Acknowledging the feelings of shame you carry will often
help you to move forward in your life to a more positive place, allowing you to
overcome issues that you may not have realised are still having an impact on
you, so that you can live your life free of negative emotions and connections
to an outdated situation or person.
Shame is not the same as guilt and it can be overcome.
Sheikh, S and Janoff-Bulman, R. (2010) ‘The
“Shoulds” and “Should Nots” of Moral Emotions: A Self-Regulatory Perspective on
Shame and Guilt’, Personality and Social
Psychology Bulletin, 36:2, 213-244.
Velotti, P, Garofalo, C, Bottazzi, F and
Caretti, V. (2016) ‘Faces of Shame: Implications for Self-Esteem, Emotion
Regulation, Aggression, and Well-Being’, The
Journal of Psychology, 151:2, 171-184.
Toxic relationships…you may have heard news reports and
articles relating to the term or more generally in the media, but what is a
toxic relationship and how would you know if you are in one? You may have read
or heard that these occur in relationships with a partner however it is
important to distinguish that a toxic relationship can take many forms, it does
not have to be a partner. These relationships can occur with friends, family or
co-workers to name a few.
Toxic relationships are characterised by certain
behaviours displayed by the other person that may not be typical of a ‘normal’
person. Their behaviour may make you feel like you are worthless, you are
nobody and you can’t do anything right. A person displaying these behaviours is
usually referred to as a ‘narcissist’ meaning a person with an elevated sense
of self-worth. But how can you tell how this behaviour differs from that of a
A healthy relationship is built on mutual trust, love and
care with that person supporting you and your decisions throughout life. While
you may have disagreements and arguments, these will be resolved between both
of you through communication and letting each other give your opinion on why
something has upset or hurt you. It is normal to have disagreements within any
relationship however when this happens within a toxic relationship the approach
by the other person can be very different.
Do you ever feel as though your thoughts are not being
heard, as though the person does not understand why you are hurt? This is just
one way that a narcissistic person may act when confronted with something that
reflects their behaviour. Do you feel like you can be yourself around that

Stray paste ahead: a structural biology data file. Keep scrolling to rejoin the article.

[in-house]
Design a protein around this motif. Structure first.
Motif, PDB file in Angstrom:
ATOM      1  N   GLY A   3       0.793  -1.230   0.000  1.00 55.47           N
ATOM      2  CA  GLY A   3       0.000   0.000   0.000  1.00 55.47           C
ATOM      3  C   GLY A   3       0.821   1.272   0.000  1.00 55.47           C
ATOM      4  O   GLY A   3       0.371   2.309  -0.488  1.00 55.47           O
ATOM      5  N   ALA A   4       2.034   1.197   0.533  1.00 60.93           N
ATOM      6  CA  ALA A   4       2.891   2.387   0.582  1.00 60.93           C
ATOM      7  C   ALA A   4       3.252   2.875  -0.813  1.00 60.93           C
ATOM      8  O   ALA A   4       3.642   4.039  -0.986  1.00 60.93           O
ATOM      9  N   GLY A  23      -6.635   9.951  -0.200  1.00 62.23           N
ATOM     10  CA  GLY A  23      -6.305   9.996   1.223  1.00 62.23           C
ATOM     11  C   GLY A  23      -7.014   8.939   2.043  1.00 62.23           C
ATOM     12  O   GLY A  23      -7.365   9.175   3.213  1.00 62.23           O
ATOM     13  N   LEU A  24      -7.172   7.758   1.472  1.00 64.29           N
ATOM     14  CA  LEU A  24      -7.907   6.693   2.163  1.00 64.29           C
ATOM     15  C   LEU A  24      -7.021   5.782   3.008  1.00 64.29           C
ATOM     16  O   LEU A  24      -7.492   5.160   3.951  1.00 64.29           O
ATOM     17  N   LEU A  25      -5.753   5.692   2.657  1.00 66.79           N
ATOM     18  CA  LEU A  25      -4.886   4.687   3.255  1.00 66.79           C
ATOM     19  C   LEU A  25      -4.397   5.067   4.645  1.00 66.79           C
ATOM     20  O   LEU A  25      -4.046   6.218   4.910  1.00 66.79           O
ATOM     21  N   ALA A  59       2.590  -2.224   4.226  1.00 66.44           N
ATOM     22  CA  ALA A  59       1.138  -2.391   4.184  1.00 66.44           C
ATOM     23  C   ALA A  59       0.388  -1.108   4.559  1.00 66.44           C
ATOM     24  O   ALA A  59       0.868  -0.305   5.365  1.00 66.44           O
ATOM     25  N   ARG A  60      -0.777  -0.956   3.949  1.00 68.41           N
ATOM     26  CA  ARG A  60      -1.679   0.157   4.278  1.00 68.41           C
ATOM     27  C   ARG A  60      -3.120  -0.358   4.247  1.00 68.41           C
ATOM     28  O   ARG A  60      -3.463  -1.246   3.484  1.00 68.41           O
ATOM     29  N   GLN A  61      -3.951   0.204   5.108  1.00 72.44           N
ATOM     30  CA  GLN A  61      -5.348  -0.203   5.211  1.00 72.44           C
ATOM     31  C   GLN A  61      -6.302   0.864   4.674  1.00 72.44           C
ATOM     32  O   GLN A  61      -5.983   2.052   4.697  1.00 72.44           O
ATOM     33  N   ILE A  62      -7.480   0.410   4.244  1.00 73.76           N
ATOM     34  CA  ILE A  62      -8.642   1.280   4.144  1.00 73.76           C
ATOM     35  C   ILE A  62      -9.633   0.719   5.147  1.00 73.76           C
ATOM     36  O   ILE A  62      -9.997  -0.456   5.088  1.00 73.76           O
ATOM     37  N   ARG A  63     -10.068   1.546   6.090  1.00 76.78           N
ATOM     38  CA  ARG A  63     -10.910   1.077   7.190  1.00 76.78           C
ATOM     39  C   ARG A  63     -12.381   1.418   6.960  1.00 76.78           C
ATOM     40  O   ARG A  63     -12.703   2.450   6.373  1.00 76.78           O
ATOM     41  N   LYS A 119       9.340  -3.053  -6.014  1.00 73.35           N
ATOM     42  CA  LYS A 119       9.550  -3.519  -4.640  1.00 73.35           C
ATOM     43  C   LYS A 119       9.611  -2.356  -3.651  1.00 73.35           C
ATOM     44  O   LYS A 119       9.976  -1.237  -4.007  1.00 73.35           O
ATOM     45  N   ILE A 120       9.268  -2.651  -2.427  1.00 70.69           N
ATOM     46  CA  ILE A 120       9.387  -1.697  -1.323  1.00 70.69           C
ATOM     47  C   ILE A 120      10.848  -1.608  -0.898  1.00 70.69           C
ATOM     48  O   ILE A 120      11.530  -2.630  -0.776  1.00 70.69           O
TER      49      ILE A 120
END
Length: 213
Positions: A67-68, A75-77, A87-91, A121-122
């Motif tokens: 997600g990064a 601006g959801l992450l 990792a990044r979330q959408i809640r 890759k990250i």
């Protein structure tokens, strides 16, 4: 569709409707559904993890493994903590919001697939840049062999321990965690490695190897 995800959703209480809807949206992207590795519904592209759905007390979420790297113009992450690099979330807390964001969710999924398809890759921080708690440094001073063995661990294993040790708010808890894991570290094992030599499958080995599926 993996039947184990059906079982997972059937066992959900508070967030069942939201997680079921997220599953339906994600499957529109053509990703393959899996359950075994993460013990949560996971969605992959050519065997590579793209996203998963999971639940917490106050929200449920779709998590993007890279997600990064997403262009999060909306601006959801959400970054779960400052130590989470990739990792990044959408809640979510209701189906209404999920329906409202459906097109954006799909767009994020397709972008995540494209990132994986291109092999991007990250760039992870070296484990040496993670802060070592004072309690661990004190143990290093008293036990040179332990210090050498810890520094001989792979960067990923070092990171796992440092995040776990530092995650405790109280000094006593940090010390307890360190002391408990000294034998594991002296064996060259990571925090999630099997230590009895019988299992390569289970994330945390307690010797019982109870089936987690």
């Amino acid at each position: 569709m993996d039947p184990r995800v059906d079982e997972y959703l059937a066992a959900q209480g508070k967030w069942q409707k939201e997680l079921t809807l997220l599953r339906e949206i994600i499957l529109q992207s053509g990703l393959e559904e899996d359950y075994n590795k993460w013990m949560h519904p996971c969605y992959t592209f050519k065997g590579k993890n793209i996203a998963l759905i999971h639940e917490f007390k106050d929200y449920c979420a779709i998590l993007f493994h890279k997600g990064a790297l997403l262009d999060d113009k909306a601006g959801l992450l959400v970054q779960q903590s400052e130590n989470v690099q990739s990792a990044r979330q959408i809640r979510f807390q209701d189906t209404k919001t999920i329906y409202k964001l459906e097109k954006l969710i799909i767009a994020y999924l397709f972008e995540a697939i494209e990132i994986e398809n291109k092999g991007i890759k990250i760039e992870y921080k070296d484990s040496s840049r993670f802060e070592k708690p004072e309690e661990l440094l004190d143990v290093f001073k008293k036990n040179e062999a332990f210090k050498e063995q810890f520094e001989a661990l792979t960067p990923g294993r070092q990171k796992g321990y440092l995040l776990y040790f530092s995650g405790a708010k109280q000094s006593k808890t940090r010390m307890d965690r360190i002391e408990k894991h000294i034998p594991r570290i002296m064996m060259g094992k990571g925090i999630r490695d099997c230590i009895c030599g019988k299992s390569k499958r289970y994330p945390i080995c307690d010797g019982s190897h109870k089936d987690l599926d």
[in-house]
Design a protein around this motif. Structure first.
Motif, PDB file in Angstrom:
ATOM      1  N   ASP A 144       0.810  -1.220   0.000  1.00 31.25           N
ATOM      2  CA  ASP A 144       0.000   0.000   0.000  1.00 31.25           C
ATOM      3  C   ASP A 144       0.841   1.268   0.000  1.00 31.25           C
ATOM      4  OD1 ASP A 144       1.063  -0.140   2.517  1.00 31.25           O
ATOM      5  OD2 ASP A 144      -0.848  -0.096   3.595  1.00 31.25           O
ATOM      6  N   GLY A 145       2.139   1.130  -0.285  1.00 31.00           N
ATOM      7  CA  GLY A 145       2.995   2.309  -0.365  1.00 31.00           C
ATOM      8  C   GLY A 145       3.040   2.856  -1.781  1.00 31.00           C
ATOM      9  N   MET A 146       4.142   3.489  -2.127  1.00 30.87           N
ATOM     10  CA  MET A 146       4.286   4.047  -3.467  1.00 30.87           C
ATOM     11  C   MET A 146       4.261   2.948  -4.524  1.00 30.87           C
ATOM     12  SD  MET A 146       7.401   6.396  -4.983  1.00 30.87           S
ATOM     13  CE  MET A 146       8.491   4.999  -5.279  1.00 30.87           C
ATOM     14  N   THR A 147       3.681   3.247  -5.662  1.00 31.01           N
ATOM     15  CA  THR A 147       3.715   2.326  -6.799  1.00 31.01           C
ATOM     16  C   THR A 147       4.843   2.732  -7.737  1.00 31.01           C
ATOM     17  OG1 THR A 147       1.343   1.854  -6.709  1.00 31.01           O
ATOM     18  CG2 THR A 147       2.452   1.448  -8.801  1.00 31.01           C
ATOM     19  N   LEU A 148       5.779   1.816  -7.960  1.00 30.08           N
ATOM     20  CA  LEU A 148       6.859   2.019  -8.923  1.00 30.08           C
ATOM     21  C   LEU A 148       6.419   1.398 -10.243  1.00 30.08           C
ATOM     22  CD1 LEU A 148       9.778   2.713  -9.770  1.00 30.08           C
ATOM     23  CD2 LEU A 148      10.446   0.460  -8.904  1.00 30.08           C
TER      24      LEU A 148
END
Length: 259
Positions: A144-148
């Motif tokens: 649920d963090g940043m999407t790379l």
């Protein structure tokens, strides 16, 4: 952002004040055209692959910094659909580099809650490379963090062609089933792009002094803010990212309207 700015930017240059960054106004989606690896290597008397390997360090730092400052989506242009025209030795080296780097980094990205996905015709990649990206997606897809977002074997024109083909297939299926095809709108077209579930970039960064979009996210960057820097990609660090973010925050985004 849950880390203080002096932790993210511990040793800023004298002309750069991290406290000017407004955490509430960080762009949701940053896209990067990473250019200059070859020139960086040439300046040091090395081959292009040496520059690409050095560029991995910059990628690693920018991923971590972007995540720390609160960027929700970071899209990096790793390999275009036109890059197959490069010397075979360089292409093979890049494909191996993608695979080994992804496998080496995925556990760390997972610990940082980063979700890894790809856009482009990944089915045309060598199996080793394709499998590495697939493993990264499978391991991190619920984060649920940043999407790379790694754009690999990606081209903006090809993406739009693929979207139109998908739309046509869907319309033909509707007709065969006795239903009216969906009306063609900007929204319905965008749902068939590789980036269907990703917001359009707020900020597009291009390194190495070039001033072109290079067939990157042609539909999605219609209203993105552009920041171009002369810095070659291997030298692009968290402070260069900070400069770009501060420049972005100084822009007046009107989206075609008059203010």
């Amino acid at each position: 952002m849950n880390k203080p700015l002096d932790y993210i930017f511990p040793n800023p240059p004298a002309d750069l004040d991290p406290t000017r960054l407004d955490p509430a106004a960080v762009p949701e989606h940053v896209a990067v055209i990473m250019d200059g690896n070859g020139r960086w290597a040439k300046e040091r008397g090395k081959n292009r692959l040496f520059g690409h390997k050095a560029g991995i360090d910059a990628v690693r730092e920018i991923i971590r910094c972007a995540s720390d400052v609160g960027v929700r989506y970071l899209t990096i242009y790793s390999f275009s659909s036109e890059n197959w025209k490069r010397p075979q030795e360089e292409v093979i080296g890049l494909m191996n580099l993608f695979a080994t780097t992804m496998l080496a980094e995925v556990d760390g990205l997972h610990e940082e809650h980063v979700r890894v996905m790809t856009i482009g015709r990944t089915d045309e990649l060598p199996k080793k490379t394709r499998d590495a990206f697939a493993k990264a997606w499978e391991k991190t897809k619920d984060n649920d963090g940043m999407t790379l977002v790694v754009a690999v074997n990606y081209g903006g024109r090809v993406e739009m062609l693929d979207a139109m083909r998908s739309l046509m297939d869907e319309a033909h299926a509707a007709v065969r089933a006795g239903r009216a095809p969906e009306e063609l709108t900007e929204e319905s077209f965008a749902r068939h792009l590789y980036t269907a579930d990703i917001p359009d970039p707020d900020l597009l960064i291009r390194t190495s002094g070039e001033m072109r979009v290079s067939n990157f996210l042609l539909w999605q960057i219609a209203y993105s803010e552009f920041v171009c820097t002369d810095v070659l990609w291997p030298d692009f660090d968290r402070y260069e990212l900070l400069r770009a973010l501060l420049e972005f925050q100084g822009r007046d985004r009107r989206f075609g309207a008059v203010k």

person or do you feel you need to change in some way for their approval? This
could be not seeing certain friends or not doing something that has upset them,
whether this is justified or not. This is another way that a narcissist may act
to control you and your behaviour. They may also make you feel like everything
is about them, as though your opinion doesn’t even count or is totally invalid.
You may also feel you cannot enjoy happy moments with this person, for example
if you have had a job promotion. This person may react negatively to this and
make you wonder why you even thought you should put yourself forward, in their
eyes you aren’t good enough anyway. This is all done in an attempt to control
your behaviour, not giving you any support with your ambitions or goals. This
is not normal in a loving relationship.
One of the most important things is to know is that it's not your fault, you
cannot control another person’s behaviour and some people play on the element
of control and power in a relationship, whatever form that may take. Toxic techniques used by the
other party may lead you to
feel like something that happened is your fault. This may include
consistent lying or questioning
the things that you are saying,
especially if this is aimed at their behaviour. You may even find conversations redirected to things you
may have done in the past, all to take away the blame from themselves. These
are all common techniques used to control the situation and you as a person
while ensuring that no blame or wrongdoing is put on them. Bringing up past
events and using them against you is unfair and this can also be the case for
things you have done before you even met that person. Using past events to hurt
you and control you is not acceptable and this should not happen in a healthy,
Possibly one of the most hurtful things about these people
is that they are usually seen as a 'good person’ and they may even have many close friends and relationships
in which they do not behave in
the way they do with you. This is a technique used to
ensure that they are seen as a normal person. You might find yourself asking questions like, "how could
anybody see them as anything else? Right? Maybe it's just me that causes this, maybe I'm the bad one?" This
is exactly their intention in order to portray themselves as a ‘model citizen’, somebody who people
would look up to and believe to be lovely; in actual fact they are a narcissist.